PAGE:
Mickey and Dick Flacks
Making History/Making Blintzes
How Two Red Diaper Babies Found Each Other and Discovered America
Rutgers University Press 2018
New Books in American StudiesNew Books in BiographyNew Books in HistoryNew Books in Peoples & PlacesNew Books in PoliticsNew Books in Politics & SocietyNew Books in SociologyNew Books Network April 10, 2019 Patrick Sheehan
Mickey and Dick Flacks’ new book Making History/Making Blintzes: How Two Red Diaper Babies Found Each Other and Discovered America (Rutgers University Press, 2018) is a chronicle of the political and personal lives of progressive activists Richard (Dick) and Miriam (Mickey) Flacks, two of the founders of Students for a Democratic Society (SDS). As active members of the Civil Rights movement and the anti-Vietnam War movement in the 1960s, and leaders in today’s social movements, their stories are a first-hand account of progressive American activism from the 1960s to the present.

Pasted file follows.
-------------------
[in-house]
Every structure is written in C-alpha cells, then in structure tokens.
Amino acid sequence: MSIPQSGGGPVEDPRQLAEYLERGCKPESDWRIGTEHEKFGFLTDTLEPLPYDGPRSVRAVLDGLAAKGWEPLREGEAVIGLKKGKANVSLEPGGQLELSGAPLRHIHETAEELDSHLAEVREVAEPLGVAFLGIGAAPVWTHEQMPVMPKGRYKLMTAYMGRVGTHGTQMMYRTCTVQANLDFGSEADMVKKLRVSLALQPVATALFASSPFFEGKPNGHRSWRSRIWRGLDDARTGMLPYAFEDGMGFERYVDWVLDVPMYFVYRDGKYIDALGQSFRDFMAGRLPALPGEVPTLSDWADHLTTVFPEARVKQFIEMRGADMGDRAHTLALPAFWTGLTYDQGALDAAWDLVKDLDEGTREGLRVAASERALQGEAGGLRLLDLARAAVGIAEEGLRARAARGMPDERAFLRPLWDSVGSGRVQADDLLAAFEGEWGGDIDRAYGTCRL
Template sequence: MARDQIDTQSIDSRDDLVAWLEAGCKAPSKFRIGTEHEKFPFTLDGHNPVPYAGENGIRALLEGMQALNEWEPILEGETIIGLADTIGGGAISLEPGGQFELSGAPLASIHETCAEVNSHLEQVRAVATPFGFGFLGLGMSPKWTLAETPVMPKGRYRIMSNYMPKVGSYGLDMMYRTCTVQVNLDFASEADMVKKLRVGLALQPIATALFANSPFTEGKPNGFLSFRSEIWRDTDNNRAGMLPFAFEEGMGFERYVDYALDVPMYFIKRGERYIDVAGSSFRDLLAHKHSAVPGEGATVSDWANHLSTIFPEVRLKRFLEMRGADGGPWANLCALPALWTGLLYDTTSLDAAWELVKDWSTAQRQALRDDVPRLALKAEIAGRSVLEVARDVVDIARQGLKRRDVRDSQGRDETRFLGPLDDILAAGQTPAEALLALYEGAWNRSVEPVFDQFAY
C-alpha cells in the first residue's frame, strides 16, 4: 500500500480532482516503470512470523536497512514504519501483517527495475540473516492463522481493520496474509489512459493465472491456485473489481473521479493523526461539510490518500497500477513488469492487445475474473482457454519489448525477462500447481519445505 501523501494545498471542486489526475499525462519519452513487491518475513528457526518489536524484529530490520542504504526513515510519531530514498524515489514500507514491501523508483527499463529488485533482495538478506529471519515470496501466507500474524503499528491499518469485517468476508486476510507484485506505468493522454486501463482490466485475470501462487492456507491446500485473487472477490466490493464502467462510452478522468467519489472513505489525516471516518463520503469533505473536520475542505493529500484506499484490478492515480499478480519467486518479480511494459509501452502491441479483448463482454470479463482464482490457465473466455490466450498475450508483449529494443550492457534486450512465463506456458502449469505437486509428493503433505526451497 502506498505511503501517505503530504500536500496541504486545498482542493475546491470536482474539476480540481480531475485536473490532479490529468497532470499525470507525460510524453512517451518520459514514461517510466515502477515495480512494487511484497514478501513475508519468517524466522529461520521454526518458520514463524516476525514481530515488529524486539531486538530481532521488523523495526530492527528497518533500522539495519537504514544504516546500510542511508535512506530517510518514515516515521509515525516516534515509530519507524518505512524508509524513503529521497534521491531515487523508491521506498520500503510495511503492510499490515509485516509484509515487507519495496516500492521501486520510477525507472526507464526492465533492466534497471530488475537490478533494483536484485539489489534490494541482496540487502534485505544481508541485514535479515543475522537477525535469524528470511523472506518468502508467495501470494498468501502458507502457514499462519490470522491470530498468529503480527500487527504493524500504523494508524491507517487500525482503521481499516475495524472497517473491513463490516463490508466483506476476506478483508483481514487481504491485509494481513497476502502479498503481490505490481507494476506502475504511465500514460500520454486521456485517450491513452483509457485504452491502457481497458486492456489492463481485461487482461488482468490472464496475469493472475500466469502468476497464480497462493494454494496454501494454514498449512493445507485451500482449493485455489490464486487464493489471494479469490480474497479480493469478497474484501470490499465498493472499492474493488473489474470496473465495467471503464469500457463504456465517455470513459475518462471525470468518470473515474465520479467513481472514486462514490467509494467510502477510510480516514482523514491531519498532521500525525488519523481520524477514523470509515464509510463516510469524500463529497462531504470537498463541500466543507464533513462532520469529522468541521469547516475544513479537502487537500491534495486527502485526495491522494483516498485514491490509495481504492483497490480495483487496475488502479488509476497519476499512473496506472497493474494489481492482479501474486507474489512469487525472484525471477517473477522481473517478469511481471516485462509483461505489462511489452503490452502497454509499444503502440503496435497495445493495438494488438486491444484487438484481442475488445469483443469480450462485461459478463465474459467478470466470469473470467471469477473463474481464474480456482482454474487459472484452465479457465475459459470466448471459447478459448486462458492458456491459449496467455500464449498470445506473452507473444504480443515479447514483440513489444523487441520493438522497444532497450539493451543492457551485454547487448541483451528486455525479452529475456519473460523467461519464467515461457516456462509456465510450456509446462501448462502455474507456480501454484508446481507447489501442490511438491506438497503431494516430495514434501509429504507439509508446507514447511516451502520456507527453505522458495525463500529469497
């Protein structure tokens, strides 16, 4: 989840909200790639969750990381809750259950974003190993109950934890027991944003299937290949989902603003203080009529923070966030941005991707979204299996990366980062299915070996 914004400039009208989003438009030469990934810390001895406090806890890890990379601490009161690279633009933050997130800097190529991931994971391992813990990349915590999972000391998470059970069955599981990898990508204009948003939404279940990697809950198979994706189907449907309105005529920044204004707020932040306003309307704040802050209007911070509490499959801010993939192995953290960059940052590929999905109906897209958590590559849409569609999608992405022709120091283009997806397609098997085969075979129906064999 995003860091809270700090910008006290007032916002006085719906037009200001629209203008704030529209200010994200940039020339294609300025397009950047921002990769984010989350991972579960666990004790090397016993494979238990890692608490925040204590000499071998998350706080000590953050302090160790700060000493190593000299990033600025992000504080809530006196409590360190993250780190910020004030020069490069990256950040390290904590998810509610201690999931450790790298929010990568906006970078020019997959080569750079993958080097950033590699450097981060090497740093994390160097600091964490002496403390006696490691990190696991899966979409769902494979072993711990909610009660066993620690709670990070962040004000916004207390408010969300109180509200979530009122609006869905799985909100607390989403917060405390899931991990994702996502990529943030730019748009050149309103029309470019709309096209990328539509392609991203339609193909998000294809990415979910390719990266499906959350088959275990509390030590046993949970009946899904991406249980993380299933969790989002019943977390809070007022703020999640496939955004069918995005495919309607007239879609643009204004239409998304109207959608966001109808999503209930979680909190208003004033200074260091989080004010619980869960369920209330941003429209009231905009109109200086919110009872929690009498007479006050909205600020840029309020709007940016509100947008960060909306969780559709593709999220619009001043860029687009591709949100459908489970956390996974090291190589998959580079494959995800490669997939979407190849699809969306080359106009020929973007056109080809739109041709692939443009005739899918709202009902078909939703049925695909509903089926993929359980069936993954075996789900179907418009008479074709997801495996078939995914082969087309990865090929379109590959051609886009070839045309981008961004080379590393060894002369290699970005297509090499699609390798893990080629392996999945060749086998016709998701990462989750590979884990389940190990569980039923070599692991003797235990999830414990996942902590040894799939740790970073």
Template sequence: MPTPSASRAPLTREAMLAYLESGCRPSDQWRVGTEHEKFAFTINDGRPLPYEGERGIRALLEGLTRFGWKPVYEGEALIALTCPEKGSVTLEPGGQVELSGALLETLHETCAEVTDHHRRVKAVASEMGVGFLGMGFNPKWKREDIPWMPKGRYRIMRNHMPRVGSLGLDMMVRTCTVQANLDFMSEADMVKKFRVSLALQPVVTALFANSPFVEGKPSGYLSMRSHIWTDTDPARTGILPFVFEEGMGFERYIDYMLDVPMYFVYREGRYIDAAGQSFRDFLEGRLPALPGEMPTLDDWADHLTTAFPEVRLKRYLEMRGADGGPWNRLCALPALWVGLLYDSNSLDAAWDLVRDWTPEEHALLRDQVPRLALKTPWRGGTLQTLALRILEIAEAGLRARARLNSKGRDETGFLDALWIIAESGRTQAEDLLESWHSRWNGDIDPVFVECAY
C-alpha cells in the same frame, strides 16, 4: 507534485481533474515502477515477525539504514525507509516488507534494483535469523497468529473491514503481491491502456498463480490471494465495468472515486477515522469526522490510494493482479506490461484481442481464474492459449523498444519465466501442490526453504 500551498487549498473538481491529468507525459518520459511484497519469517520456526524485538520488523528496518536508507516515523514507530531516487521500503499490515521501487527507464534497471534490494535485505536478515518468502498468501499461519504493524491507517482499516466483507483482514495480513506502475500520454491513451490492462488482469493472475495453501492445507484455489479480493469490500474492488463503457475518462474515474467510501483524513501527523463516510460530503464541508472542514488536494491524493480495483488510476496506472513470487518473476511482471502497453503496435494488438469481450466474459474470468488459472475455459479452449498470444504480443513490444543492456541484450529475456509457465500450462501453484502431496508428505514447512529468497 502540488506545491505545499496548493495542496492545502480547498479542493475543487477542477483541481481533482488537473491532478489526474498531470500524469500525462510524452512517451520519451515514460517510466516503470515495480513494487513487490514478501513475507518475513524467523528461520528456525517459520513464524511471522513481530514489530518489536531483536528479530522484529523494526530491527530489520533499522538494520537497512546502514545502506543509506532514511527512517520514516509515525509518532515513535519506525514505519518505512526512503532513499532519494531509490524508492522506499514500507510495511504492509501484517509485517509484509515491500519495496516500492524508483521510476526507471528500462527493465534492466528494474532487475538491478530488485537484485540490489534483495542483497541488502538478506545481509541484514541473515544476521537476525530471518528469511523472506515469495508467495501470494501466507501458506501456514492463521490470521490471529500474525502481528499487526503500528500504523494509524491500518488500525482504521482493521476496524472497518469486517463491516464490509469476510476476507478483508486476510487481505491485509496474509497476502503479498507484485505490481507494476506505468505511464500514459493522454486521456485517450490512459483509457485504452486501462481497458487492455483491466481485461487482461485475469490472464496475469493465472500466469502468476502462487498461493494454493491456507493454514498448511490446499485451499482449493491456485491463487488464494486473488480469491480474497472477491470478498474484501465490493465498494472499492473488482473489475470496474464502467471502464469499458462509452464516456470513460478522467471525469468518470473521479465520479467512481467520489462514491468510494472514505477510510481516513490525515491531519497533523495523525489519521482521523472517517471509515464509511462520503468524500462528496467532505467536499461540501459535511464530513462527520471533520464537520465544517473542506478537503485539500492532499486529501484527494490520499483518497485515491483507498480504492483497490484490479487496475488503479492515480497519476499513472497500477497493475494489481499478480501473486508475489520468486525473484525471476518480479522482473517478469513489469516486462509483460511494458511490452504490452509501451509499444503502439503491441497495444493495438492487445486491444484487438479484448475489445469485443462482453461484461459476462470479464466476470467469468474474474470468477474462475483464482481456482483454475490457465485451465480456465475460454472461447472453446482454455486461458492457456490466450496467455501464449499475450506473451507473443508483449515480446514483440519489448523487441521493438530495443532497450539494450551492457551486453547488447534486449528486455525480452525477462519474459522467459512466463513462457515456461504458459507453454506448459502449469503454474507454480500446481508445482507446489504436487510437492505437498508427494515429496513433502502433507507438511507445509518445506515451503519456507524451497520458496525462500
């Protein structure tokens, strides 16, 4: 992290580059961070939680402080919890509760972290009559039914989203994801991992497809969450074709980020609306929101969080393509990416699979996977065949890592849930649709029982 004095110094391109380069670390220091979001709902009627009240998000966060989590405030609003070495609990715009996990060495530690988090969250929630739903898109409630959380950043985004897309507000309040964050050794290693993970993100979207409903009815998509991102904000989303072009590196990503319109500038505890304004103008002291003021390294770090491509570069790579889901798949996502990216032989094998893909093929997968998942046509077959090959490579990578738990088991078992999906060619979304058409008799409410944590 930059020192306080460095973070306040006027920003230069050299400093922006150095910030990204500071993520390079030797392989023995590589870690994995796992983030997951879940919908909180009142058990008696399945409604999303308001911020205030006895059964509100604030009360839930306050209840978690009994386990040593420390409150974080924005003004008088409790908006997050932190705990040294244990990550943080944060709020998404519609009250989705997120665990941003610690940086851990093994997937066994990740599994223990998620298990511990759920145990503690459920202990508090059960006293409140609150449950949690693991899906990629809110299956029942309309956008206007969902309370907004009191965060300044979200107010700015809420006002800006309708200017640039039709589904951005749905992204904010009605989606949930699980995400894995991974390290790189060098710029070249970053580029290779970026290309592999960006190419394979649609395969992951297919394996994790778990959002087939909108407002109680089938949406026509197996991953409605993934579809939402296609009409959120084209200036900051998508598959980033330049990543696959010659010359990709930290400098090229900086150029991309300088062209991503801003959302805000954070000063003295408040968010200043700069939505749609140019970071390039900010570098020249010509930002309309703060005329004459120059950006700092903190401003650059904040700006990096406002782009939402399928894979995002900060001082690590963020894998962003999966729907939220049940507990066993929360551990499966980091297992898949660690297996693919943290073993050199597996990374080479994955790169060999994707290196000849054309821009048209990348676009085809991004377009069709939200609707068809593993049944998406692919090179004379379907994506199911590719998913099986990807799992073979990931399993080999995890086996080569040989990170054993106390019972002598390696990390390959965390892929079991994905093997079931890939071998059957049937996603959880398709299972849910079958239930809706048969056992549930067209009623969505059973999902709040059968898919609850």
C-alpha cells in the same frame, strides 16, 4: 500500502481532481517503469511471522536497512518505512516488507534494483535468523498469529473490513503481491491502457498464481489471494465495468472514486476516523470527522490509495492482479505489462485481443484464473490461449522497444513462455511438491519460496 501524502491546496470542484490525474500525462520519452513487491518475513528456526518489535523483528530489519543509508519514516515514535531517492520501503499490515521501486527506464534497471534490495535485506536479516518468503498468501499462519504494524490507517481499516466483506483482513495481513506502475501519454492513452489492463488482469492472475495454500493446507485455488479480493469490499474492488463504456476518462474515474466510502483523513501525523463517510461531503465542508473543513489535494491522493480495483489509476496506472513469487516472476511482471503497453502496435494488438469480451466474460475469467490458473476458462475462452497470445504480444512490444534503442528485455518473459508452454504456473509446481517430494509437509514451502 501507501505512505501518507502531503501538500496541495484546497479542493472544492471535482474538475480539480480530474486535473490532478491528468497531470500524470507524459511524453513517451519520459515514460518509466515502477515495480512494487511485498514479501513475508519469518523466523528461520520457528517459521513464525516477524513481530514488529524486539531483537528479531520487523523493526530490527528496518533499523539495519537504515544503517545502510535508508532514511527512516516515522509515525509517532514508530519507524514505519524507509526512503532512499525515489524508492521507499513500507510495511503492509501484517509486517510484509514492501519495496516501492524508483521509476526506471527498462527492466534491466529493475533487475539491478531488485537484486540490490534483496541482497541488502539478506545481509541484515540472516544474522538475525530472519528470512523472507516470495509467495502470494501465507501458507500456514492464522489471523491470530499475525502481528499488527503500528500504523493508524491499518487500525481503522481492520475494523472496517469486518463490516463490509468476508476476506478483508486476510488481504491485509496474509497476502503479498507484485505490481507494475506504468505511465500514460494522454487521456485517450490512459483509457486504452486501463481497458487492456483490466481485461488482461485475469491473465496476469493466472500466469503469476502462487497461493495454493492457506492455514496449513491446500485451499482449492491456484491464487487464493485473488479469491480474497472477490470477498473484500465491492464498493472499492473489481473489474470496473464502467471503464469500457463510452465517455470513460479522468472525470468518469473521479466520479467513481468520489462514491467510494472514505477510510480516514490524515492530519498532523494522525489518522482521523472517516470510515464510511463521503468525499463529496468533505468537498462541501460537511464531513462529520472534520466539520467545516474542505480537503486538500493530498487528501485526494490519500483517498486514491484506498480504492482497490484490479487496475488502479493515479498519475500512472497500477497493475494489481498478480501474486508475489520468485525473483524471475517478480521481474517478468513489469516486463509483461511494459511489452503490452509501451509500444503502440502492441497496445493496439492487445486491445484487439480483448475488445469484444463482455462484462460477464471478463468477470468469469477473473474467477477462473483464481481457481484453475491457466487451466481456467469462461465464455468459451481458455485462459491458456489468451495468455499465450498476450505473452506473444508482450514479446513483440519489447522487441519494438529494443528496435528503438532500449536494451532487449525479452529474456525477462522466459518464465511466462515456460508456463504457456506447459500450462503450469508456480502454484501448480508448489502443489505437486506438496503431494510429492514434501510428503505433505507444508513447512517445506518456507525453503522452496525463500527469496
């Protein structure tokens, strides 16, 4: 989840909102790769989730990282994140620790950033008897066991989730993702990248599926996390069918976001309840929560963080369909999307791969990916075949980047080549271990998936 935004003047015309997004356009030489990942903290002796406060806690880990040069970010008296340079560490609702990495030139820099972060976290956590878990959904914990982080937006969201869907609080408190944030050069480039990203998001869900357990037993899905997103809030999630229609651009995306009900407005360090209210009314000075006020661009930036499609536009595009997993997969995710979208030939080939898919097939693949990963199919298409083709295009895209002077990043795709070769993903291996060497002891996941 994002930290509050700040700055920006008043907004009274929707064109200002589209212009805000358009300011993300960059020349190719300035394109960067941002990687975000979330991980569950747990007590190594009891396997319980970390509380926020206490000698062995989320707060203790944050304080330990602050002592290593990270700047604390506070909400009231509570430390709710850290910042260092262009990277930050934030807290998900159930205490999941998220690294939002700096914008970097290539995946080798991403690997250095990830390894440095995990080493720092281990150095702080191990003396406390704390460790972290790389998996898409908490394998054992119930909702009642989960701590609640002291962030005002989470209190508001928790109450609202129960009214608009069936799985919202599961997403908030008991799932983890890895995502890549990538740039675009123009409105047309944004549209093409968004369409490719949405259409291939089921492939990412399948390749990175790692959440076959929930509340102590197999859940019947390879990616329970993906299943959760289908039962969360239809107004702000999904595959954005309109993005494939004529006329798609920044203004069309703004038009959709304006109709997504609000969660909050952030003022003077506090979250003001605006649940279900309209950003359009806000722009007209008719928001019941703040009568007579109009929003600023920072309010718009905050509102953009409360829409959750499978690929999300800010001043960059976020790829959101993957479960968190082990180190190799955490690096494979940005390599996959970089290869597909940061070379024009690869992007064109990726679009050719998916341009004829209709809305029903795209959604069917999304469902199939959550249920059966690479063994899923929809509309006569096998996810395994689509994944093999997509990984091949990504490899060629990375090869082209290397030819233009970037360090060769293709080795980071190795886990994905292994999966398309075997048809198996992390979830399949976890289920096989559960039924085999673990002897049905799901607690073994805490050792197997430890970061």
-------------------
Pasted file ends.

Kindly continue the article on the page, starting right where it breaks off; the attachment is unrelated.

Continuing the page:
Throughout this memoir, the couple demonstrates that their lifelong commitment to making history through social activism cannot be understood without returning to the deeply personal context of their family history—of growing up “Red Diaper babies” in 1950s New York City, using folk music as self-expression as adolescents in the 1960s, and of making blintzes for their own family through the 1970s and 1980s. As the children of immigrants and first generation Jews, Dick and Mickey crafted their own religious identity as secular Jews, created a critical space for American progressive activism through SDS, and ultimately, found themselves raising an “American” family.